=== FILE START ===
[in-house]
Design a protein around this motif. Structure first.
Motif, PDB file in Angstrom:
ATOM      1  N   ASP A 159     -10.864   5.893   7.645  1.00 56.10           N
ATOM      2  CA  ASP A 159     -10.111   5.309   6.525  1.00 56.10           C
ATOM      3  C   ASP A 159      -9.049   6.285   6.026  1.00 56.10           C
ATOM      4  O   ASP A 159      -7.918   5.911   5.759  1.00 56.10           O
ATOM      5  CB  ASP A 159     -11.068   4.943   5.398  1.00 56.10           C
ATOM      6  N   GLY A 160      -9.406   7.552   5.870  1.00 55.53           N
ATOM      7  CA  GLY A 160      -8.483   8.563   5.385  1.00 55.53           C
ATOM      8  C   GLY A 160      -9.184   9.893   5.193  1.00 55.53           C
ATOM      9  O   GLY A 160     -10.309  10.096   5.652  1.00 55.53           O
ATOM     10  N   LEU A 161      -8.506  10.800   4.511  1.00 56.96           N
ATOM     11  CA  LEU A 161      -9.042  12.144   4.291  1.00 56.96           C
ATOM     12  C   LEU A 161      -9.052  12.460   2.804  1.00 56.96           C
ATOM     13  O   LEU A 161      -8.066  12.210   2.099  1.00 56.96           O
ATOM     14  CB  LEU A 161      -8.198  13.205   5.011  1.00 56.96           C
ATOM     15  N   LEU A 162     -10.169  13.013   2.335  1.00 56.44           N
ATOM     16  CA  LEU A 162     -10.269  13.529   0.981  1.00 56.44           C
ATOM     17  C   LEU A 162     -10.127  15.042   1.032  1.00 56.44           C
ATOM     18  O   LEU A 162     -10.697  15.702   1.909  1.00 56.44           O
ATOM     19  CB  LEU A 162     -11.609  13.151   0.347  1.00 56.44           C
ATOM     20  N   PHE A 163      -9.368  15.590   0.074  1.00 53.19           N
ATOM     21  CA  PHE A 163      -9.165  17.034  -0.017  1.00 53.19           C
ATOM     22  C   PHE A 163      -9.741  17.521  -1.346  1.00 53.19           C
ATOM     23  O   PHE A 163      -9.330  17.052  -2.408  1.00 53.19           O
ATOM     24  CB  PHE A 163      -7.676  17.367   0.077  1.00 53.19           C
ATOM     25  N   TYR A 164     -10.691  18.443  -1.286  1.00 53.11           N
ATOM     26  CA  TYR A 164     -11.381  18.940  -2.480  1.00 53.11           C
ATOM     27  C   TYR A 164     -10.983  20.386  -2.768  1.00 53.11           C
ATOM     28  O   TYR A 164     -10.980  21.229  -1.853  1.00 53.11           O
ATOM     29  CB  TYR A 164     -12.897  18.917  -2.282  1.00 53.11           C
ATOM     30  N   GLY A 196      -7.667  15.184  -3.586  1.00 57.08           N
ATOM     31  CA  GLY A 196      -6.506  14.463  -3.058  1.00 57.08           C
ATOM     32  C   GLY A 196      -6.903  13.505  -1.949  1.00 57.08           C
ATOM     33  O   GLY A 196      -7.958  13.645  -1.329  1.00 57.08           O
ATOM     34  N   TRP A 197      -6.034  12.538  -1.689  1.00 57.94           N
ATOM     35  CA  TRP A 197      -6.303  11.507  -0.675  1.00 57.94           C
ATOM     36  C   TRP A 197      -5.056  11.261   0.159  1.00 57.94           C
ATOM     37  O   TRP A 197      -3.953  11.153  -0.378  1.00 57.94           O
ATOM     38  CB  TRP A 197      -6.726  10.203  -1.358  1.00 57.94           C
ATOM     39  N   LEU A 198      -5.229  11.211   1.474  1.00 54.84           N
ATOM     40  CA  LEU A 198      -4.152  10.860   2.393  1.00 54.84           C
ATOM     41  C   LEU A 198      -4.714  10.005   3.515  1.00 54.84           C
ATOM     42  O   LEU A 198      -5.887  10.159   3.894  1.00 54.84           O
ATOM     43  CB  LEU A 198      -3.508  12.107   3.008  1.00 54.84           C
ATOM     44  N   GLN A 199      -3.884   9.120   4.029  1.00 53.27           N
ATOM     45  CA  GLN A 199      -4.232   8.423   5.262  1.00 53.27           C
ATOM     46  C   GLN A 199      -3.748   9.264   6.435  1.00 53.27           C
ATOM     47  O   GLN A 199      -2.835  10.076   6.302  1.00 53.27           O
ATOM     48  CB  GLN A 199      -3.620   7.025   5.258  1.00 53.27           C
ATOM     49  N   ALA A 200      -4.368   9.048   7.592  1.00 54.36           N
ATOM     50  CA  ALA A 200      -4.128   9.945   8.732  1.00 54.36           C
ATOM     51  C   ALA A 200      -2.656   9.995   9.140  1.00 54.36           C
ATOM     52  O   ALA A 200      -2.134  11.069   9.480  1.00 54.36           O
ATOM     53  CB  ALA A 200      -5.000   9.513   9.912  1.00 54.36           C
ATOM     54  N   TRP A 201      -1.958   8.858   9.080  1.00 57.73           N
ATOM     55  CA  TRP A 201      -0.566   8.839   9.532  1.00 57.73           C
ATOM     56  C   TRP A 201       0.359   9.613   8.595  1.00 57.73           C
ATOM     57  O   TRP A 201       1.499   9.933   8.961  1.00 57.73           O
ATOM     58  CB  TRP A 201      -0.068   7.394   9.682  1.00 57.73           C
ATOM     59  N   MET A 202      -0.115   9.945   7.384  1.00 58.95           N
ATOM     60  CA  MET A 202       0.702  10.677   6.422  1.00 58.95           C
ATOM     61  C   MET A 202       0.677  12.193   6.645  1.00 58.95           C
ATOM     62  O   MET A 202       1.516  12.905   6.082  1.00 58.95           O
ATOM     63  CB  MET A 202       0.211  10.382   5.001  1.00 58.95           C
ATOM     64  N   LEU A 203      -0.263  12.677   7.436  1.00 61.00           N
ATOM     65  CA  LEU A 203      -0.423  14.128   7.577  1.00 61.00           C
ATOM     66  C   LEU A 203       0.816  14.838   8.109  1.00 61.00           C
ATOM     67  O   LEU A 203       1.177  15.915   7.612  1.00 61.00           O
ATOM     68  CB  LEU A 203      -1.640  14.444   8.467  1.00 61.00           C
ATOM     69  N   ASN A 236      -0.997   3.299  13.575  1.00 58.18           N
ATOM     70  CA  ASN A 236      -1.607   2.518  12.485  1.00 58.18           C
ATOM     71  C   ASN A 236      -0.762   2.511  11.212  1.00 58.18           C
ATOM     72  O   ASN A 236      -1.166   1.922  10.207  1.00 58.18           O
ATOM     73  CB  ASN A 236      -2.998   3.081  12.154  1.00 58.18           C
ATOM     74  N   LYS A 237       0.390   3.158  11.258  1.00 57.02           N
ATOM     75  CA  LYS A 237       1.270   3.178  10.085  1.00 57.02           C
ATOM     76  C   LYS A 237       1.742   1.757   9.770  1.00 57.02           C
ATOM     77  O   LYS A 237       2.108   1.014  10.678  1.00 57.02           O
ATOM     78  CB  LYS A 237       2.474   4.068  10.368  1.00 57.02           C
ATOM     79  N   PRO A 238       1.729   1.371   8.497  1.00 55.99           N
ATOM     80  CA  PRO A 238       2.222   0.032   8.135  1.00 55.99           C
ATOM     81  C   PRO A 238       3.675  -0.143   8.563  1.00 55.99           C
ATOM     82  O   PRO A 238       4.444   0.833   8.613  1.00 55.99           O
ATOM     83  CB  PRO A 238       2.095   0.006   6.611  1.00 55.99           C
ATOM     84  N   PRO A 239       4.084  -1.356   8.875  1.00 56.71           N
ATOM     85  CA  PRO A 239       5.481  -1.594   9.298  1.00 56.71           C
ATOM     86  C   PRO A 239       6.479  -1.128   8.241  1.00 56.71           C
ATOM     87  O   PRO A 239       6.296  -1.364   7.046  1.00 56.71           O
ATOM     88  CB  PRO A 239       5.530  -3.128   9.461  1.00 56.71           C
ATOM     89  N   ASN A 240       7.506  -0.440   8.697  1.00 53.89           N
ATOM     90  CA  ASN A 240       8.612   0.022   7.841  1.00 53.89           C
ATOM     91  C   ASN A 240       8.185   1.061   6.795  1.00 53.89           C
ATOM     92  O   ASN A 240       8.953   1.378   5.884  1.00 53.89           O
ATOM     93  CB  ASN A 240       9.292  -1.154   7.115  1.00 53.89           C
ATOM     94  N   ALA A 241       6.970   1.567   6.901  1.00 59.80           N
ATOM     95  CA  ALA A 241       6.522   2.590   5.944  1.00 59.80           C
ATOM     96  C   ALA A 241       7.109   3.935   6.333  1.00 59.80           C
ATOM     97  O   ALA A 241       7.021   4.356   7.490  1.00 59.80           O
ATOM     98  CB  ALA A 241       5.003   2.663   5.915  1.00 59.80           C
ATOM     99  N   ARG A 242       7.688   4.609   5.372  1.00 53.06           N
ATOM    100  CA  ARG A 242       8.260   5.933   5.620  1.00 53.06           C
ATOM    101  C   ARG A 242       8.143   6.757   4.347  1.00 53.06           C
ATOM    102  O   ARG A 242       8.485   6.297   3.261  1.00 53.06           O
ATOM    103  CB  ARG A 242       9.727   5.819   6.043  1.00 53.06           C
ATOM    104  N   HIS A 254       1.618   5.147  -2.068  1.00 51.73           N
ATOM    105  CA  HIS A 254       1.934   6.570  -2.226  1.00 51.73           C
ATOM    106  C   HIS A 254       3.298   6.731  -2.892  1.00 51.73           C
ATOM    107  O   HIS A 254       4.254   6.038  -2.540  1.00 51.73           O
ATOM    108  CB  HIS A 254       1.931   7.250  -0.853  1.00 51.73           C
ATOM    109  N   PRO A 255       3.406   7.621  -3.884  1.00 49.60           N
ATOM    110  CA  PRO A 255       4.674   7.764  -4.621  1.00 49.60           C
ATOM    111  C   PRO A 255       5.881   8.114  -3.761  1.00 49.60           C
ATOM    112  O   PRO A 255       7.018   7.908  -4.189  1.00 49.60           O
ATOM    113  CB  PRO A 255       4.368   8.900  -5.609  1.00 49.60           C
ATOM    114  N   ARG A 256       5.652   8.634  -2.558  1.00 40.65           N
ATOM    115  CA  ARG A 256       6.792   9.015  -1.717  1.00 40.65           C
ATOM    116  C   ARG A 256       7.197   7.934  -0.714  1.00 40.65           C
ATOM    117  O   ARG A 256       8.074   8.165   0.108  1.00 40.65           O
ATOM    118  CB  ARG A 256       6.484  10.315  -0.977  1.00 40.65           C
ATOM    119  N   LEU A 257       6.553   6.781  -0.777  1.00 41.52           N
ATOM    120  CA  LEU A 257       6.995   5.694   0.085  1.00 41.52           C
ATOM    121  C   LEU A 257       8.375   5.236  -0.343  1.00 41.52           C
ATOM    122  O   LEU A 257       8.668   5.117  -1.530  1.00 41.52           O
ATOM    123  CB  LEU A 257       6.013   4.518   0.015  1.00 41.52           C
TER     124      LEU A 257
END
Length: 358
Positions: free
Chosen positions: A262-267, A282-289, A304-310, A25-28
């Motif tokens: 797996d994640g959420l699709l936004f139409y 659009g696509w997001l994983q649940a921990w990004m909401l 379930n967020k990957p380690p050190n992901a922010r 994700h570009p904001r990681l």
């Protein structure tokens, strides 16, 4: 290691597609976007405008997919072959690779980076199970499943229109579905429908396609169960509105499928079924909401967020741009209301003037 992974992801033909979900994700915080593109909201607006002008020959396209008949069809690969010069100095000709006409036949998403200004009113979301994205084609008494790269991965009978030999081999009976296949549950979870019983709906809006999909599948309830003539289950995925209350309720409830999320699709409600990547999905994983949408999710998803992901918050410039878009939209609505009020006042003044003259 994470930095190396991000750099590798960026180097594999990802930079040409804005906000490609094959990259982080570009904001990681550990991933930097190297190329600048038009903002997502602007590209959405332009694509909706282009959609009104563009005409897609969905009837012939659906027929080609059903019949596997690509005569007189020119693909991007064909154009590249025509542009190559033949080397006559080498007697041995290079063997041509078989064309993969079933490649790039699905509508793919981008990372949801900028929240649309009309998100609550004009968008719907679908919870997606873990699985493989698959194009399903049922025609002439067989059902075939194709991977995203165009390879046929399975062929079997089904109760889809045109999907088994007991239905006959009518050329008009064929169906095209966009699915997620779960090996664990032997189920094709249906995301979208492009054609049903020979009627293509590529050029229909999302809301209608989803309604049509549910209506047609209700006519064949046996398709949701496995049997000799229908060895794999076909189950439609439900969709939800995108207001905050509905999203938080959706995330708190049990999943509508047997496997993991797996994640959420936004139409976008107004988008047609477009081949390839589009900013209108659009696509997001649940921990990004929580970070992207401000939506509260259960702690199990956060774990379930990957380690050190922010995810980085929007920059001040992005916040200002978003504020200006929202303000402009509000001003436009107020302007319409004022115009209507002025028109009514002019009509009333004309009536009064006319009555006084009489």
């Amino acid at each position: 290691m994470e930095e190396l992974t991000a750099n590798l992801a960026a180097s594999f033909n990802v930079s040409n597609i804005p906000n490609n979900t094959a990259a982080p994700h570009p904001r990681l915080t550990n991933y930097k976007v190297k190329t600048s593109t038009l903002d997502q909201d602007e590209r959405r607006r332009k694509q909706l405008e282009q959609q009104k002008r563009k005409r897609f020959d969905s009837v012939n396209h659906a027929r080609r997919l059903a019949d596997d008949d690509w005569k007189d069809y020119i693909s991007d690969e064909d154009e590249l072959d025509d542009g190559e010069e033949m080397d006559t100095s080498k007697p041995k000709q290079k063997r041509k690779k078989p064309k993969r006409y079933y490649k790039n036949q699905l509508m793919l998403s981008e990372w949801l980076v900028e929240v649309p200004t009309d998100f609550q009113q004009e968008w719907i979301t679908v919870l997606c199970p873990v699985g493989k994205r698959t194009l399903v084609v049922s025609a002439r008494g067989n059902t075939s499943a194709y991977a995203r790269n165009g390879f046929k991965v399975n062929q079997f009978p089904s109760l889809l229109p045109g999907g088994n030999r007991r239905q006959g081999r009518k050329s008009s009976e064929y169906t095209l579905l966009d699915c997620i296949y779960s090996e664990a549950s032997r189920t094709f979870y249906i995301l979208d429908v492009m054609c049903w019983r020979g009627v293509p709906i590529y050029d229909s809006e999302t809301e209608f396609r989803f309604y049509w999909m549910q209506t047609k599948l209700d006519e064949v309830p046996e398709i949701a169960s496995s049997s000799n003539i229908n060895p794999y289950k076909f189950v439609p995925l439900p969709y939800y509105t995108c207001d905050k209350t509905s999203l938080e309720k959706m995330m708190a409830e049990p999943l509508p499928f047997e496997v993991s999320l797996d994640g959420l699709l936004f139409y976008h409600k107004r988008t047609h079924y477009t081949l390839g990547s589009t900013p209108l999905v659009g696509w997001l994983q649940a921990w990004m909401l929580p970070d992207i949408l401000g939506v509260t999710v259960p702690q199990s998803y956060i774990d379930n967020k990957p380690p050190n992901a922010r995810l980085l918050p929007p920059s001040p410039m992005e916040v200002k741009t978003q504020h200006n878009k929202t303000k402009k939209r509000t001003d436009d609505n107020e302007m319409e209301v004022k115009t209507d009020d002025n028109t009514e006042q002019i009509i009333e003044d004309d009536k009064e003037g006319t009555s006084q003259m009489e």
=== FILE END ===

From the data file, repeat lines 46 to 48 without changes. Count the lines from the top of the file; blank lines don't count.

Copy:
ATOM     43  CB  LEU A 198      -3.508  12.107   3.008  1.00 54.84           C
ATOM     44  N   GLN A 199      -3.884   9.120   4.029  1.00 53.27           N
ATOM     45  CA  GLN A 199      -4.232   8.423   5.262  1.00 53.27           C